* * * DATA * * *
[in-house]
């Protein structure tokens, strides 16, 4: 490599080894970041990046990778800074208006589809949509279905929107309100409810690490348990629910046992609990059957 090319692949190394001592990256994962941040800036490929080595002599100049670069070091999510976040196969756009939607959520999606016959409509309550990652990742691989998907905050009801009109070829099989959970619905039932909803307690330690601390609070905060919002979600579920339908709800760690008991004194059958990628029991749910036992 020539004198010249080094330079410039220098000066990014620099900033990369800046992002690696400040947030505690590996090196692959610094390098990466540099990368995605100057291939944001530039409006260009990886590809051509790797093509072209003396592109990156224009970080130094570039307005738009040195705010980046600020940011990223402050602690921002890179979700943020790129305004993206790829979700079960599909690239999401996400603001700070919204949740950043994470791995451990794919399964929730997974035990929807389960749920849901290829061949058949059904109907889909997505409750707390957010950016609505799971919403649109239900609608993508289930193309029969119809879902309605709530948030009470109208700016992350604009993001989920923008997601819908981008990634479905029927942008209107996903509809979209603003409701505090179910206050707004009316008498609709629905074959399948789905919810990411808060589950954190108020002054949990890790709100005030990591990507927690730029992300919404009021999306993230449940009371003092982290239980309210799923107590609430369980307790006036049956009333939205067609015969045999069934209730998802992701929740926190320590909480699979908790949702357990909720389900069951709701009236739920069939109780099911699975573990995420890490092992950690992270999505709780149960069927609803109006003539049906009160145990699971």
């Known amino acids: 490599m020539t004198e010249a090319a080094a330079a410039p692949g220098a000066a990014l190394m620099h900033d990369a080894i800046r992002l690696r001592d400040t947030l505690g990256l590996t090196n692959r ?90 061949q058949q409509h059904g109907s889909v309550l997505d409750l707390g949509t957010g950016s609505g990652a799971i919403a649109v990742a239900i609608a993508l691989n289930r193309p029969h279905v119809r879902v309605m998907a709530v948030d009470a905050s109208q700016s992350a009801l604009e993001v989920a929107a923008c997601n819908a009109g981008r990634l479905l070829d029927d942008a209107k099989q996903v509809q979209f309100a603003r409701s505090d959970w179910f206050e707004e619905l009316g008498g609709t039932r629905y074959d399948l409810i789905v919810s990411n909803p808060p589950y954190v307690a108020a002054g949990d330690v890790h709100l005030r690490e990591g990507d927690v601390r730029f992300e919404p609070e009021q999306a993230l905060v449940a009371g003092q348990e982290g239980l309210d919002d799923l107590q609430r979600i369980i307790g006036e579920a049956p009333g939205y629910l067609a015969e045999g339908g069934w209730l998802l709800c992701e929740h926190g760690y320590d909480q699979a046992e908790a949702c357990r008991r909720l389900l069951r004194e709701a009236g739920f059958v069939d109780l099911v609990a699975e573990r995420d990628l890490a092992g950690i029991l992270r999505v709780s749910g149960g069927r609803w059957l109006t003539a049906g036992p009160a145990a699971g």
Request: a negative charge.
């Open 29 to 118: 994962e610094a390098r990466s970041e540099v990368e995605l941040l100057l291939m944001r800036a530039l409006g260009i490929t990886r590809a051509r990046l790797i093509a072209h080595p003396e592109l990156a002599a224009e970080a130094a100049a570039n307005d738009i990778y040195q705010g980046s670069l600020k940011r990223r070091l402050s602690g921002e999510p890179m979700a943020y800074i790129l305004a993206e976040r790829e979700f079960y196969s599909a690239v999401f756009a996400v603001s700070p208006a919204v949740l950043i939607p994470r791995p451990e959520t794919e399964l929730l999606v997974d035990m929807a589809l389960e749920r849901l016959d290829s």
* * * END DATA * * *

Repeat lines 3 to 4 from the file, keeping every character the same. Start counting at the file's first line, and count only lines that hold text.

């Known amino acids: 490599m020539t004198e010249a090319a080094a330079a410039p692949g220098a000066a990014l190394m620099h900033d990369a080894i800046r992002l690696r001592d400040t947030l505690g990256l590996t090196n692959r ?90 061949q058949q409509h059904g109907s889909v309550l997505d409750l707390g949509t957010g950016s609505g990652a799971i919403a649109v990742a239900i609608a993508l691989n289930r193309p029969h279905v119809r879902v309605m998907a709530v948030d009470a905050s109208q700016s992350a009801l604009e993001v989920a929107a923008c997601n819908a009109g981008r990634l479905l070829d029927d942008a209107k099989q996903v509809q979209f309100a603003r409701s505090d959970w179910f206050e707004e619905l009316g008498g609709t039932r629905y074959d399948l409810i789905v919810s990411n909803p808060p589950y954190v307690a108020a002054g949990d330690v890790h709100l005030r690490e990591g990507d927690v601390r730029f992300e919404p609070e009021q999306a993230l905060v449940a009371g003092q348990e982290g239980l309210d919002d799923l107590q609430r979600i369980i307790g006036e579920a049956p009333g939205y629910l067609a015969e045999g339908g069934w209730l998802l709800c992701e929740h926190g760690y320590d909480q699979a046992e908790a949702c357990r008991r909720l389900l069951r004194e709701a009236g739920f059958v069939d109780l099911v609990a699975e573990r995420d990628l890490a092992g950690i029991l992270r999505v709780s749910g149960g069927r609803w059957l109006t003539a049906g036992p009160a145990a699971g």
Request: a negative charge.